There was a time in my life when, without filter or care, I’d say whatever was on my mind.  Like anyone else, some of what I said was critical of others and, although I didn’t realize it, sometimes unfair.  To say that I made a few enemies in my youth would be an understatement.  Heck, that was before I ever got out of high school.  But, as we grow into adulthood, we come to realize that those we knew in high school play little to no roll in our lives after we graduate.  For me, that habit of speaking my mind stayed with me through the Army and into my career as a police officer.  On at least one occasion it earned me an enemy… a hater who, to this day, wishes me ill will and has actively sought to do my career harm.  For a long time I returned his hatred and then I came to two realizations: first, hating him didn’t hurt anyone but me, and second, his hatred for me grew as my success did, so, at least to some extent, he didn’t really hate me; he hated my success; something he didn’t share.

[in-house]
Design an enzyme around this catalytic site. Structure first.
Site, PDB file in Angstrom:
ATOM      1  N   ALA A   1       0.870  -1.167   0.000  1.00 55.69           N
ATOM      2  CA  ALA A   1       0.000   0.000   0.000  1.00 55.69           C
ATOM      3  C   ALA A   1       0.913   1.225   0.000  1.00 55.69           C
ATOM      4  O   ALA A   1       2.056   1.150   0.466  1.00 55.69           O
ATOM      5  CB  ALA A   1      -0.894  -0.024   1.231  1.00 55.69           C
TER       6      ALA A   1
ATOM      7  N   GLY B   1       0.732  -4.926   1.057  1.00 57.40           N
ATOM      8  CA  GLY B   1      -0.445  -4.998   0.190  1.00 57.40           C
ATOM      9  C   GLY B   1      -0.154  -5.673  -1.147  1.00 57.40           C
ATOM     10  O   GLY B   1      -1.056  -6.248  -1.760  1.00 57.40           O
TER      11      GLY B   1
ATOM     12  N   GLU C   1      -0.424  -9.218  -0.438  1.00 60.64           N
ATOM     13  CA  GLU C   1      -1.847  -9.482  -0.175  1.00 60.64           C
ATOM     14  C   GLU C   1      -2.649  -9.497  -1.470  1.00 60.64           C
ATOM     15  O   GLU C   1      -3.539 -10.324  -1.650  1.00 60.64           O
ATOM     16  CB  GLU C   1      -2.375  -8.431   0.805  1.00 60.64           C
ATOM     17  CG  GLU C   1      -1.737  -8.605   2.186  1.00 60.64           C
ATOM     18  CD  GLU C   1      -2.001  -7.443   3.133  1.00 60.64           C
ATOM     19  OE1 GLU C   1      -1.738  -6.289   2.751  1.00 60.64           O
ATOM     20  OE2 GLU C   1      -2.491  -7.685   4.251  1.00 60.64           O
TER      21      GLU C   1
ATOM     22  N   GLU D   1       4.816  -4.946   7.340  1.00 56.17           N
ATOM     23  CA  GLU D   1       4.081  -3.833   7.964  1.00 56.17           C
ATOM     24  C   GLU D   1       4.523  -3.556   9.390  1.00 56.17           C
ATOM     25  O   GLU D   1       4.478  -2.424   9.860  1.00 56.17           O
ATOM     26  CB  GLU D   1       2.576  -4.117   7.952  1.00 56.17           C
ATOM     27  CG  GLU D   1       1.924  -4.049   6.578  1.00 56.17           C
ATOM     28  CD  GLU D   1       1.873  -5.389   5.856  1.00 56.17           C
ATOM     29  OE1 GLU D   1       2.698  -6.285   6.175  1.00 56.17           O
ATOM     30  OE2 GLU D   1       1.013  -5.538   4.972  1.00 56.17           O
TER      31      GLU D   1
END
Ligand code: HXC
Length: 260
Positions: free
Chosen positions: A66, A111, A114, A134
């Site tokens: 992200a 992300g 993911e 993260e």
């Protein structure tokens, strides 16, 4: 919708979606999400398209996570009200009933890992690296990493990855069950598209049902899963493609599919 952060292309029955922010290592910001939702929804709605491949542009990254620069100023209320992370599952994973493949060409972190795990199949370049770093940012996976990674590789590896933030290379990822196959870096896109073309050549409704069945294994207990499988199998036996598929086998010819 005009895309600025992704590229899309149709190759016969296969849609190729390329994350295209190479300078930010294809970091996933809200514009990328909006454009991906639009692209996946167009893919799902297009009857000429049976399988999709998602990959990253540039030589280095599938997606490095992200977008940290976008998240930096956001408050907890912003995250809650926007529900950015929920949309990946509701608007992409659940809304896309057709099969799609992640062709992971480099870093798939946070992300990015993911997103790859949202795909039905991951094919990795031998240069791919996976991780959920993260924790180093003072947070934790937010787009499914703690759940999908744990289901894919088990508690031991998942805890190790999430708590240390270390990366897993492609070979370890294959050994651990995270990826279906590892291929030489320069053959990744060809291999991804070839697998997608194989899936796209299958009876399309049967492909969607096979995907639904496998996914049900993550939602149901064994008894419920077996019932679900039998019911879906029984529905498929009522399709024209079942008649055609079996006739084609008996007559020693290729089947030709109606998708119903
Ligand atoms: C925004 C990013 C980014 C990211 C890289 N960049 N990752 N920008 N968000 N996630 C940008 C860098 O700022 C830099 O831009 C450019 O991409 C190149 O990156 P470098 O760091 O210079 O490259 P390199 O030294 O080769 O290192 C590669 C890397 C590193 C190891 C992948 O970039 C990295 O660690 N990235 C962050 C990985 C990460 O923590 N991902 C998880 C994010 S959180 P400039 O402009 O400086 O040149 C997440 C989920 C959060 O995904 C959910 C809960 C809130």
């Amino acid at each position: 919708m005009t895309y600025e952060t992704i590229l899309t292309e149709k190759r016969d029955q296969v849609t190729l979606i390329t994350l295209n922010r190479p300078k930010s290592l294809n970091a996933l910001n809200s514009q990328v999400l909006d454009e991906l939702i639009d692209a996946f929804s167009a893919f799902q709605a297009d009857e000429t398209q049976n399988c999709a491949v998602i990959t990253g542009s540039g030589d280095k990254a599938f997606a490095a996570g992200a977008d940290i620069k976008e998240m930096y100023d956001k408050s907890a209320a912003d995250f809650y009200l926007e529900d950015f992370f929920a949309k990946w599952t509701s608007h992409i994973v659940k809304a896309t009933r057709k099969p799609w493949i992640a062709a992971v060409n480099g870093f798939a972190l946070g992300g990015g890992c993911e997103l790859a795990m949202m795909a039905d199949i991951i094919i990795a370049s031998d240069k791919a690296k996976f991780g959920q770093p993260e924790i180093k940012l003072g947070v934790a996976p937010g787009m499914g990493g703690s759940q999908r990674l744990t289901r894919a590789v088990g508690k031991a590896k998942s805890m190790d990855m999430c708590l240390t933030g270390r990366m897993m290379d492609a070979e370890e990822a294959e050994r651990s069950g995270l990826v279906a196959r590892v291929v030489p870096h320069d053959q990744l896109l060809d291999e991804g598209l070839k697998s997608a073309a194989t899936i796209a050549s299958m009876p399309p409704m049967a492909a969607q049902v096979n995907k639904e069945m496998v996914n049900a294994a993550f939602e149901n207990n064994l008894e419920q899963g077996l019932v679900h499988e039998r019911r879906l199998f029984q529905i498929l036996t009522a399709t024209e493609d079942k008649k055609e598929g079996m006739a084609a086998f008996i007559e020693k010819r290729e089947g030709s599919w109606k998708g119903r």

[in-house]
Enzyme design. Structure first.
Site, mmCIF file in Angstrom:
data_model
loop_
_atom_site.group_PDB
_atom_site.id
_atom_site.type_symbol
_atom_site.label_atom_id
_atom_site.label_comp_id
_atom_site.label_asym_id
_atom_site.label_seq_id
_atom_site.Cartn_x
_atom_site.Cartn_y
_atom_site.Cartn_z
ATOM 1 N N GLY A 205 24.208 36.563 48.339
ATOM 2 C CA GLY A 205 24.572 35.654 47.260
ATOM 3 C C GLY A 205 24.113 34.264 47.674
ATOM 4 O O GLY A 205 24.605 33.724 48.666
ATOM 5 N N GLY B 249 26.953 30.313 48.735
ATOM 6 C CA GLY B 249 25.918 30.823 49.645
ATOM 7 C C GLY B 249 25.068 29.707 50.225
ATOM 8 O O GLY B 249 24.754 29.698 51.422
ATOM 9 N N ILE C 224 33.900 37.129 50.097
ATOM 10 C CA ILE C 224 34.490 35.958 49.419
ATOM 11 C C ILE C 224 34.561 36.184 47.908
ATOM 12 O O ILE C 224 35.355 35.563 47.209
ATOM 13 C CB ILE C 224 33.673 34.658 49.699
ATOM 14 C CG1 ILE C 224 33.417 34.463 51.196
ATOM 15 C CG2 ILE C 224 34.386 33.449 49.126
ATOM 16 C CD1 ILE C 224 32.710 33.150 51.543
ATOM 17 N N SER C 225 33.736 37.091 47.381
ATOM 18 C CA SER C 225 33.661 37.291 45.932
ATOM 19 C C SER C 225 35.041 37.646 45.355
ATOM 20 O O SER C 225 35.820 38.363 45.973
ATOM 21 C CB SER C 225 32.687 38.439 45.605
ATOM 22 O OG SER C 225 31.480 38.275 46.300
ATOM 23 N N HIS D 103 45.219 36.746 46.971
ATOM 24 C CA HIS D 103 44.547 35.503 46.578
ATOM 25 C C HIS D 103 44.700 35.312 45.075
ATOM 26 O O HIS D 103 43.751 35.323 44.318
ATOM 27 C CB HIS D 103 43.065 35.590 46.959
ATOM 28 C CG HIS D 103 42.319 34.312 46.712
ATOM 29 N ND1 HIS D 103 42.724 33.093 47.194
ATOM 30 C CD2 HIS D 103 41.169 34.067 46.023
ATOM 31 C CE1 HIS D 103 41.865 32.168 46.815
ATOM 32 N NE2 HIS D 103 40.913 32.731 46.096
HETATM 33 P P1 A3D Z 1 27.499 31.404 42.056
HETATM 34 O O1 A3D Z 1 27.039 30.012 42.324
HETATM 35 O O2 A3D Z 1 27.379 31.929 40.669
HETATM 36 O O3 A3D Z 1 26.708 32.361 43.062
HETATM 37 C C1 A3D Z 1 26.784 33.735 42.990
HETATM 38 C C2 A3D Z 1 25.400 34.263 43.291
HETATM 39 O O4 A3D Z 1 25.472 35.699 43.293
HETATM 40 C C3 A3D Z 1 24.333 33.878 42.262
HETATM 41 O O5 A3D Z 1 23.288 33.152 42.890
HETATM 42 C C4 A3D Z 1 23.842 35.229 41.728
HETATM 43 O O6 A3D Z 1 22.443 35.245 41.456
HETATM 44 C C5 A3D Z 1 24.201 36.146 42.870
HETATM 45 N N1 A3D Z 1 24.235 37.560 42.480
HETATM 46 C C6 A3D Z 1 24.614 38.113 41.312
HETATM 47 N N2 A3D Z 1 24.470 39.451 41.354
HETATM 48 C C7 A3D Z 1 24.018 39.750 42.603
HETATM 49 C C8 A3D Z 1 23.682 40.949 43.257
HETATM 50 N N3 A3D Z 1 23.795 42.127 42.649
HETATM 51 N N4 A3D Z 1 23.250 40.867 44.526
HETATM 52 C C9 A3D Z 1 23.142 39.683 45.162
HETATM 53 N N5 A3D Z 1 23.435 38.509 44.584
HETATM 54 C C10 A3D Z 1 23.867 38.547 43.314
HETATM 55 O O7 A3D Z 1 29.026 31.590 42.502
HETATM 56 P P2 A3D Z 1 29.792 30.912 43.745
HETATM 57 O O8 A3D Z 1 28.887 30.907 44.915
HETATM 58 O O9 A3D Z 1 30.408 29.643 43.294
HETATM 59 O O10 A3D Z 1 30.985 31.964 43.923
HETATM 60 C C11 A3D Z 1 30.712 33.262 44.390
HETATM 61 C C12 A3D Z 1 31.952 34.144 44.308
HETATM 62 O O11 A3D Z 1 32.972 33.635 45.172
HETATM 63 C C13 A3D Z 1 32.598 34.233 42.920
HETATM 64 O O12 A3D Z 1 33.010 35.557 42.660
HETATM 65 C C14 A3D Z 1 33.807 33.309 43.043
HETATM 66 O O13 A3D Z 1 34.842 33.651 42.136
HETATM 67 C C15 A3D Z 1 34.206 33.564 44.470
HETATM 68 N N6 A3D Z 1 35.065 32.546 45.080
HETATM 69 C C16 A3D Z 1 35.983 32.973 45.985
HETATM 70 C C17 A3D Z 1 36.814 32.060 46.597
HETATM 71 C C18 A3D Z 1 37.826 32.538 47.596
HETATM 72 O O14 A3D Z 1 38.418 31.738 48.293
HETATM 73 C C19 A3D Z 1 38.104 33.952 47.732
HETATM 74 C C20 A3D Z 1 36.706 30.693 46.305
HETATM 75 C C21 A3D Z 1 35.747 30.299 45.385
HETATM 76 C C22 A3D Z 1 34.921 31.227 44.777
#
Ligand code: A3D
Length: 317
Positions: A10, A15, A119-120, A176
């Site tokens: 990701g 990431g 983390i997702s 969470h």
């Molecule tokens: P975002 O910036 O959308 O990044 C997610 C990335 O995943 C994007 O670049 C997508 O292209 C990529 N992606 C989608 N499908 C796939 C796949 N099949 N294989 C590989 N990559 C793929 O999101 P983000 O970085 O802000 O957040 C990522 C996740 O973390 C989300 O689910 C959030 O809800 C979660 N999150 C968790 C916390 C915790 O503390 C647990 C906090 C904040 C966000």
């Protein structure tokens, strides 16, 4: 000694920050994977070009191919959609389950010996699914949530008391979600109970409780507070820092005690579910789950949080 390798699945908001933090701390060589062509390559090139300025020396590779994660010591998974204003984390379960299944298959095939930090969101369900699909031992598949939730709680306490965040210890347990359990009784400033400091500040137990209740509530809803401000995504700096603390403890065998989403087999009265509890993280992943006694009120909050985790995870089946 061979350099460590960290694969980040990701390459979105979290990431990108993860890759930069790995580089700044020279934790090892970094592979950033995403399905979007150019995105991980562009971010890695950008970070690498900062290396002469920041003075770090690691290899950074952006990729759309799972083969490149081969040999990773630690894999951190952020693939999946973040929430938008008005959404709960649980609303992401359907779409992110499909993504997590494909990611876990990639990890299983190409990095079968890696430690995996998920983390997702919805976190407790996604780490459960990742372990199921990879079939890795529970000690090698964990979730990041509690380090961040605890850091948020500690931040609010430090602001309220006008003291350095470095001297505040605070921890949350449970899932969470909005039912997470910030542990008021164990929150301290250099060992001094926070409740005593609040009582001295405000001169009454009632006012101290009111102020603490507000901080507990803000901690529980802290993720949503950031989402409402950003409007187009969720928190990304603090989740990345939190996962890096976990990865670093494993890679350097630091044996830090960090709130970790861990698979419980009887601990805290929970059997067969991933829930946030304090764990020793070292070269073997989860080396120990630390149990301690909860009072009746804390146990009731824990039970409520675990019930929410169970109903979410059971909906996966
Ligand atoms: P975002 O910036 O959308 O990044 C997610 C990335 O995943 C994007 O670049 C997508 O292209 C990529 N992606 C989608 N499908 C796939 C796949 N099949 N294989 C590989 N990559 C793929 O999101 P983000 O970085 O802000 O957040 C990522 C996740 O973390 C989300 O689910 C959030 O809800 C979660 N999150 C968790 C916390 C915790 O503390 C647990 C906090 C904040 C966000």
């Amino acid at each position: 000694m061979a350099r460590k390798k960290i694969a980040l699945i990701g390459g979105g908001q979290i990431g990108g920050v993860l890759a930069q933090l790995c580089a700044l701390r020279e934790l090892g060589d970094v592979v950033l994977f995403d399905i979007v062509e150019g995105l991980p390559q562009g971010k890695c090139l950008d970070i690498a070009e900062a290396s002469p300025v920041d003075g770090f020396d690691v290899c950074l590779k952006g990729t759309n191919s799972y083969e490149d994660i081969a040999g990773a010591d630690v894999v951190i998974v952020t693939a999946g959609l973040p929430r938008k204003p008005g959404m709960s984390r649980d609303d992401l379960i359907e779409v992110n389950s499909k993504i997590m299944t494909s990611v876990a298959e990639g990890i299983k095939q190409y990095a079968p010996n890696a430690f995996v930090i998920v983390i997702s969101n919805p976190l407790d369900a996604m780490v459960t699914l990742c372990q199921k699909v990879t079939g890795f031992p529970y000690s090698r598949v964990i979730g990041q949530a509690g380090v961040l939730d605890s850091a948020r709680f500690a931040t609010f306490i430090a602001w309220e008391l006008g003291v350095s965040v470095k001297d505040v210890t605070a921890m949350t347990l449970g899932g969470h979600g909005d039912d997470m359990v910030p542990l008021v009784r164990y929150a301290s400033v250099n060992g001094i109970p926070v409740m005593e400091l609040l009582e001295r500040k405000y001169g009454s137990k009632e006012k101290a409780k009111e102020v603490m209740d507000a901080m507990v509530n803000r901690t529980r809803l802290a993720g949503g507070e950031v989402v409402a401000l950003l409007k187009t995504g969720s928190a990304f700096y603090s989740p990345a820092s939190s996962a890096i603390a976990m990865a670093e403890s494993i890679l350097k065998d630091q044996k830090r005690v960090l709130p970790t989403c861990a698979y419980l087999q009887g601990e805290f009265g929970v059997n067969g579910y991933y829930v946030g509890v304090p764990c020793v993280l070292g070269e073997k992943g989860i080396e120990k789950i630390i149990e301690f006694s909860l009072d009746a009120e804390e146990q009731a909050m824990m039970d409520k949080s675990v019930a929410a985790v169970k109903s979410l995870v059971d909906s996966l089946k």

Once I realized that his hatred was of my growing success, especially as compared to his lack thereof, I found myself more willing to pity him than to waste energy hating him back.  After all, I could invest that energy in my continuing success and the only impact it would have on him would be to increase his hatred of me.  To some extent then, I could measure my perceived (by others) success by the level of hatred he displayed.  His hatred became not only a motivating factor in my own efforts but a gauge by which I could easily view how much good others thought of me.

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